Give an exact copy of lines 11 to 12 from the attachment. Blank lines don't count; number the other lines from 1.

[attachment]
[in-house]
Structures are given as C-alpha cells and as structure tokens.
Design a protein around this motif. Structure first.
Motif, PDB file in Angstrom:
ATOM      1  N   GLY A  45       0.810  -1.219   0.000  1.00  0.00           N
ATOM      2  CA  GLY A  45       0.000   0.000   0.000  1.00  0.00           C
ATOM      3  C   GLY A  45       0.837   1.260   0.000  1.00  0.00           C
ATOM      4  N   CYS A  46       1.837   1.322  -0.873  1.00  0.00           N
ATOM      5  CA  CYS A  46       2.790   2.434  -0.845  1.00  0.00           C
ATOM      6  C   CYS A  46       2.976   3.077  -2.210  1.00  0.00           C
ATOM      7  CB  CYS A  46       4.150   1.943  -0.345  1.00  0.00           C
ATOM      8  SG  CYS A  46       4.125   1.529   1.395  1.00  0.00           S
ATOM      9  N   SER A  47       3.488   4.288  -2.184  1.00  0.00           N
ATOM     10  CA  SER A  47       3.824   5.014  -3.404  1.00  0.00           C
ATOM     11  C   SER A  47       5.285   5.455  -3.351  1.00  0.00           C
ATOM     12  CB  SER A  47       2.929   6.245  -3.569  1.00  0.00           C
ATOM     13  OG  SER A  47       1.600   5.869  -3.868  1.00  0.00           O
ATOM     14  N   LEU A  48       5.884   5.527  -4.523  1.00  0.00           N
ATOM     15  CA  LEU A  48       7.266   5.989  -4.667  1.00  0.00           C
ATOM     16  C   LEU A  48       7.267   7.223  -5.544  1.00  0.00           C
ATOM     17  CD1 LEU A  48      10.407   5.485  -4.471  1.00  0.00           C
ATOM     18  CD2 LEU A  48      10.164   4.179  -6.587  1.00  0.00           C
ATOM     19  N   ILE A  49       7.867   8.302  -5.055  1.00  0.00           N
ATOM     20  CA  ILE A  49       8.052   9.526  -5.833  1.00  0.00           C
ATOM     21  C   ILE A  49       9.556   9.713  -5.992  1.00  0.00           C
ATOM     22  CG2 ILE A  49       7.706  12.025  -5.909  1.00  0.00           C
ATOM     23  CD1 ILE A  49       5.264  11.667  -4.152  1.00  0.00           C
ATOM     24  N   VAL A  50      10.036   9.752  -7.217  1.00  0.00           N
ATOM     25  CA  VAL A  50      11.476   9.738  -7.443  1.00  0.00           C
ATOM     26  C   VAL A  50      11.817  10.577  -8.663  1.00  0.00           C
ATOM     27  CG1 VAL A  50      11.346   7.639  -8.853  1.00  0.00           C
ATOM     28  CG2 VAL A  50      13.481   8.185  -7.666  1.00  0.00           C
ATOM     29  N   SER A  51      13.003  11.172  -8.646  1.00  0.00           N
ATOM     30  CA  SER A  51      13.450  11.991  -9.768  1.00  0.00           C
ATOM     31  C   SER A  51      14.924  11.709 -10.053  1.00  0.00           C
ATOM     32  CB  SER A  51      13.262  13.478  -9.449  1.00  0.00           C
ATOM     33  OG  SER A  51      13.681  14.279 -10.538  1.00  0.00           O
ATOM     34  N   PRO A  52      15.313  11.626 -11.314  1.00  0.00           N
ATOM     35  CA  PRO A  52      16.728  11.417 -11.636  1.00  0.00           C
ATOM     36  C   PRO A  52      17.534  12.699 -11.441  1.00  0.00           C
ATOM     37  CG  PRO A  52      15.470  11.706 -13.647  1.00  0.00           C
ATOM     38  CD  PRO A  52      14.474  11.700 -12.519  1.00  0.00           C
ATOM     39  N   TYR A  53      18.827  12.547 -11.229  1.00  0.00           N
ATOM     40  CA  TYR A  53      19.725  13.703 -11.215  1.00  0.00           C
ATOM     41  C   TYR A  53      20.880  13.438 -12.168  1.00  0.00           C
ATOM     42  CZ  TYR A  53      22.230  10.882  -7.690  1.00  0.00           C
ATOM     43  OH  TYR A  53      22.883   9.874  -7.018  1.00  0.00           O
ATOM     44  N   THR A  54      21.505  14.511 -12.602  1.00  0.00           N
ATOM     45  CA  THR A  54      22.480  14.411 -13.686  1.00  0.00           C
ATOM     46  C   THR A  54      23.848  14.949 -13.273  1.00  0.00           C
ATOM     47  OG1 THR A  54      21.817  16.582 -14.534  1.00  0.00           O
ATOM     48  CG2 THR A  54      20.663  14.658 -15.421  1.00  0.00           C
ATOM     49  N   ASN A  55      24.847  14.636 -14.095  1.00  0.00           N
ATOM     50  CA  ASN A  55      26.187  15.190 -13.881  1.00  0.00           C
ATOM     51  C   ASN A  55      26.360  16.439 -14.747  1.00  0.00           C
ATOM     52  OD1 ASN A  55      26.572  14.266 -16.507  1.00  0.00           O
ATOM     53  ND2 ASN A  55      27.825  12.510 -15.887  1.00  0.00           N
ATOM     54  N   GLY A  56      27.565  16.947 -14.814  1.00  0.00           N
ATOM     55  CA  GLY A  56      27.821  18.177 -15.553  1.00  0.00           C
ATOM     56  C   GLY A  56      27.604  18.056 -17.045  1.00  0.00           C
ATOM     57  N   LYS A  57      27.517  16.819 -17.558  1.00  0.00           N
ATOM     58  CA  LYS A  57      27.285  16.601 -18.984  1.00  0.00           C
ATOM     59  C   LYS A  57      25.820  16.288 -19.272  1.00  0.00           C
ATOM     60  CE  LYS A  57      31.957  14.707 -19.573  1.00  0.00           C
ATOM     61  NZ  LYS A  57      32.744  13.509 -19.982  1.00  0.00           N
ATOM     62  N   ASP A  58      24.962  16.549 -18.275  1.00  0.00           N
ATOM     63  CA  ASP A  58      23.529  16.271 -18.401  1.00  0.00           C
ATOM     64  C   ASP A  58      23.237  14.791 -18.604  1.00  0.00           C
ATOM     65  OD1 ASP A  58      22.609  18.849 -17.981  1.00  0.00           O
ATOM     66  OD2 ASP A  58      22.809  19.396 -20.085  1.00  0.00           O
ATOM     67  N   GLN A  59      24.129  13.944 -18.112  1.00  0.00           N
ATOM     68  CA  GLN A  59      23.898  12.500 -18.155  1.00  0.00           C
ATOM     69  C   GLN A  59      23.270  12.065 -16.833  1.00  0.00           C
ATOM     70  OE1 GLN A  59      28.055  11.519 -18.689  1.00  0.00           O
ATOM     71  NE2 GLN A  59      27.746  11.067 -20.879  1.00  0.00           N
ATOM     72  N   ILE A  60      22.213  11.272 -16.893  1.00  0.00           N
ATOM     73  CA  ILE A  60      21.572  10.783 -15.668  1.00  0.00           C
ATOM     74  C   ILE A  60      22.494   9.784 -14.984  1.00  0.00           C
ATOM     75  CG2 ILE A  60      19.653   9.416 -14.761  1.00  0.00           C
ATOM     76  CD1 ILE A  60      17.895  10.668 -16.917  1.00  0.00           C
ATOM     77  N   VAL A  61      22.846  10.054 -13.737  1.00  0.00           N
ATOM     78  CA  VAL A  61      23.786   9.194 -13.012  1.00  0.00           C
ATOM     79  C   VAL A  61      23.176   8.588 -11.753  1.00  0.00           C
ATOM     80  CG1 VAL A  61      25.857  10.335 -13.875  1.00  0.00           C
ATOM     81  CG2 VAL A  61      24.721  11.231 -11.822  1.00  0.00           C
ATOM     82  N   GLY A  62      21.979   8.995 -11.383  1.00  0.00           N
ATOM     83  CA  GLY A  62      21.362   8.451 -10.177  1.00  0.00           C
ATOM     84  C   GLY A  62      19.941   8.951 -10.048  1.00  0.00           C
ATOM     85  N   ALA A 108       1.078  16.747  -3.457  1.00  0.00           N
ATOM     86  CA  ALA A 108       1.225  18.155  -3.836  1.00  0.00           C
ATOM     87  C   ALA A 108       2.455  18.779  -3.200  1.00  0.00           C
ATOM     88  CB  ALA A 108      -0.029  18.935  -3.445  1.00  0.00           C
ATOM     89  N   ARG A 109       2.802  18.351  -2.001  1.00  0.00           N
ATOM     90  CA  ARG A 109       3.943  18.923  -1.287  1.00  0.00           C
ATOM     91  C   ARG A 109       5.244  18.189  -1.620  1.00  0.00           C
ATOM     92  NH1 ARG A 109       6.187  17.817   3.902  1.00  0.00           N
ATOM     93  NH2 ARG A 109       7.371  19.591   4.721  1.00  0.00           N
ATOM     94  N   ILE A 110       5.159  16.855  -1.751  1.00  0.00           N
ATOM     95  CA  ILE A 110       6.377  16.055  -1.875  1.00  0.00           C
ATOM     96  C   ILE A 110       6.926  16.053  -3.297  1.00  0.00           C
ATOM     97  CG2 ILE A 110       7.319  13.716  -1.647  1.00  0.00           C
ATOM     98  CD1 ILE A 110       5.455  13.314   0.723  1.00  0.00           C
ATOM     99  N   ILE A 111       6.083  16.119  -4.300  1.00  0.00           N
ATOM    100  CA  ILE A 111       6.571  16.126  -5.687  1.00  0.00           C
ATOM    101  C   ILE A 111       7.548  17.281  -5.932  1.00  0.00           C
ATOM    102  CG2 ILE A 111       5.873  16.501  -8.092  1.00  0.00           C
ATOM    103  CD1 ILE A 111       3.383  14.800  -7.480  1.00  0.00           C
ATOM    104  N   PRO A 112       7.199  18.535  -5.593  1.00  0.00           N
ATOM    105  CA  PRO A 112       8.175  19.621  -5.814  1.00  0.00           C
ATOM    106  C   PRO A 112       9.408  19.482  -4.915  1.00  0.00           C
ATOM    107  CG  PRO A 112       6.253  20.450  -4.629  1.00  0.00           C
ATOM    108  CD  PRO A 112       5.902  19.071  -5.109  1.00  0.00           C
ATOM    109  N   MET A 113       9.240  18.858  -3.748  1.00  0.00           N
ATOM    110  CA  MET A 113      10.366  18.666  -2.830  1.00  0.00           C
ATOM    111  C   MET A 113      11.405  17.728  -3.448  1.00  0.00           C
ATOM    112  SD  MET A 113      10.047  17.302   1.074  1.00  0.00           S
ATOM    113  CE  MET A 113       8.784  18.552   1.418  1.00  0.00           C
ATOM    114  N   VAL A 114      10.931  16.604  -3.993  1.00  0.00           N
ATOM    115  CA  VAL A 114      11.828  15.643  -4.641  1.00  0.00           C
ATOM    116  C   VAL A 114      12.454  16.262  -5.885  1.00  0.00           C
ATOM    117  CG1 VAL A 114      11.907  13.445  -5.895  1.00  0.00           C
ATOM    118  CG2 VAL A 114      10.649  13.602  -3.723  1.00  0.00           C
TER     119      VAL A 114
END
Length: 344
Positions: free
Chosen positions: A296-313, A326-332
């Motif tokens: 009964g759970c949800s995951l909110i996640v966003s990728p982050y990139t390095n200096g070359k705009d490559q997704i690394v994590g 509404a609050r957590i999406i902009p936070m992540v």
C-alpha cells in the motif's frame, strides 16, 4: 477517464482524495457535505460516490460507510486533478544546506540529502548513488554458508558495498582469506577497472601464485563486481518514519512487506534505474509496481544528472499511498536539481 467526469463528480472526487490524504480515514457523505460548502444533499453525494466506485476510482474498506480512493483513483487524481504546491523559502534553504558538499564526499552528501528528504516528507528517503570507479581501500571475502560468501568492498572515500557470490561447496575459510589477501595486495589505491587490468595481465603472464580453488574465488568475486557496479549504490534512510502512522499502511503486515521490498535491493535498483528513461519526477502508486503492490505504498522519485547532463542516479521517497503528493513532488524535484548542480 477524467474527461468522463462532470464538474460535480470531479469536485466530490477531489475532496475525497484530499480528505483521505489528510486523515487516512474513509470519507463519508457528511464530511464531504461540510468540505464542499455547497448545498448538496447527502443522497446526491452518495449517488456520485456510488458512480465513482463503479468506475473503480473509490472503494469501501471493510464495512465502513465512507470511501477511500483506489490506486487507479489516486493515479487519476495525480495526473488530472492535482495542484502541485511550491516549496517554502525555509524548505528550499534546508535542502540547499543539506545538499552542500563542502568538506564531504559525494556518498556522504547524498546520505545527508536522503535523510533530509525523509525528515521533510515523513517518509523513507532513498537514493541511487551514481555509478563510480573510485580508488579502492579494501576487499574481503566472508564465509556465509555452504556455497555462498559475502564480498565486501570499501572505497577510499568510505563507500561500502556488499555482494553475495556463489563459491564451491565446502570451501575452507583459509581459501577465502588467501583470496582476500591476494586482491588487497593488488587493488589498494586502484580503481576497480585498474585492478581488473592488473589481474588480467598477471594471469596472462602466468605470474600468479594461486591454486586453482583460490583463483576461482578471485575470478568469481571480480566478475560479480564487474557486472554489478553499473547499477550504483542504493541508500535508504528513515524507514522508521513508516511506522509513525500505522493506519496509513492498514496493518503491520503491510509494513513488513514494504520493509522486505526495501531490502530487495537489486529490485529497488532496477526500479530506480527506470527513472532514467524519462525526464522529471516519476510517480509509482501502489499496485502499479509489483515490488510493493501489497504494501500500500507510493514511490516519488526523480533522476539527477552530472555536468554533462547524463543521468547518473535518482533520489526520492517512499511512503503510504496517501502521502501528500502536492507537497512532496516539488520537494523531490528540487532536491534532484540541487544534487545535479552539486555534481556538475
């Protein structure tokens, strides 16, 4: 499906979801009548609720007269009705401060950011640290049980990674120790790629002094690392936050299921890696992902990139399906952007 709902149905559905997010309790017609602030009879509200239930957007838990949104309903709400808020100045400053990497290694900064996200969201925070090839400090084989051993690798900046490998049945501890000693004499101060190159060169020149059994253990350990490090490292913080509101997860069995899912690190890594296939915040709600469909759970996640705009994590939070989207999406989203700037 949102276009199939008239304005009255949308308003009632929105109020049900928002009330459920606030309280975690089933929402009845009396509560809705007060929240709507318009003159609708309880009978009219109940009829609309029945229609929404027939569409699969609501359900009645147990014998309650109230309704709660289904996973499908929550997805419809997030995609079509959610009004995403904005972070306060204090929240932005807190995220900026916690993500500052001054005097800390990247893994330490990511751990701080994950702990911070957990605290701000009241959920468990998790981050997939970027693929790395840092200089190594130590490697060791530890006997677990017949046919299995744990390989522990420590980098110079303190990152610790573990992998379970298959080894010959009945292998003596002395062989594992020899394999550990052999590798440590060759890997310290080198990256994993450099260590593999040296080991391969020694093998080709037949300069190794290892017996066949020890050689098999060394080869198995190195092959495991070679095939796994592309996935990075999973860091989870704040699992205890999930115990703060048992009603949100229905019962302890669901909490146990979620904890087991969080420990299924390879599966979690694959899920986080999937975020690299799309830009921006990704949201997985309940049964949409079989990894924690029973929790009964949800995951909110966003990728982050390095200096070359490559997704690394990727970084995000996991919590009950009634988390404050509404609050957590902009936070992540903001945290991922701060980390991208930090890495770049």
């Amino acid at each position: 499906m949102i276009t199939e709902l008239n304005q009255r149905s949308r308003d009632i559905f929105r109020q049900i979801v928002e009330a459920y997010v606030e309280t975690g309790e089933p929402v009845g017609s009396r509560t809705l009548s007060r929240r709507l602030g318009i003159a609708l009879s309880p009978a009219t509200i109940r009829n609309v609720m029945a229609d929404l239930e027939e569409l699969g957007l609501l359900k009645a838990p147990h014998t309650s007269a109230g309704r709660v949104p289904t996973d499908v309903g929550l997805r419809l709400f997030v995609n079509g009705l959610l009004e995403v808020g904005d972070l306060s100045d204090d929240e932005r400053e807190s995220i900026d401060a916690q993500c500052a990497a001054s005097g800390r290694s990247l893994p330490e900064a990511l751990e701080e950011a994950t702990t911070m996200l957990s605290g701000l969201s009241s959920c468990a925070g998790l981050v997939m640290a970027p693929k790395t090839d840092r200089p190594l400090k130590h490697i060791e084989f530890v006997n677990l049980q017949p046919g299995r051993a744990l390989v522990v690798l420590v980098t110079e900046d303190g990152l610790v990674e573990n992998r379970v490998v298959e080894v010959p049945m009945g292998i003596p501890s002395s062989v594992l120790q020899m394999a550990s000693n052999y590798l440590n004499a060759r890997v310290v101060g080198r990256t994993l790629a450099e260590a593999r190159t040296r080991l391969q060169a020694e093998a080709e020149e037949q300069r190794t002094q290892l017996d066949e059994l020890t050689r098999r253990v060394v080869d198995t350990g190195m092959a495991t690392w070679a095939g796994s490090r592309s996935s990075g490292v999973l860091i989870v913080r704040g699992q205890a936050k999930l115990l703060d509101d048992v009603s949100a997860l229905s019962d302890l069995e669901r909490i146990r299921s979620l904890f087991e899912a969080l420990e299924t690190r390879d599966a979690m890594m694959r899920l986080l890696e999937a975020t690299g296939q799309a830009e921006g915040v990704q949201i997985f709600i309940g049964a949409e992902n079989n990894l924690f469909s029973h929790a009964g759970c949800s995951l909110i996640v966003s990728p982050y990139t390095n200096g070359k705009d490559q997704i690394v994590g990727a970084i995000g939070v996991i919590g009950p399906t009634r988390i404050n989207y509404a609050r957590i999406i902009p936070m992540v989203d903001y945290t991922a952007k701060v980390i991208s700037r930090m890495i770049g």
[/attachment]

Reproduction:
ATOM      7  CB  CYS A  46       4.150   1.943  -0.345  1.00  0.00           C
ATOM      8  SG  CYS A  46       4.125   1.529   1.395  1.00  0.00           S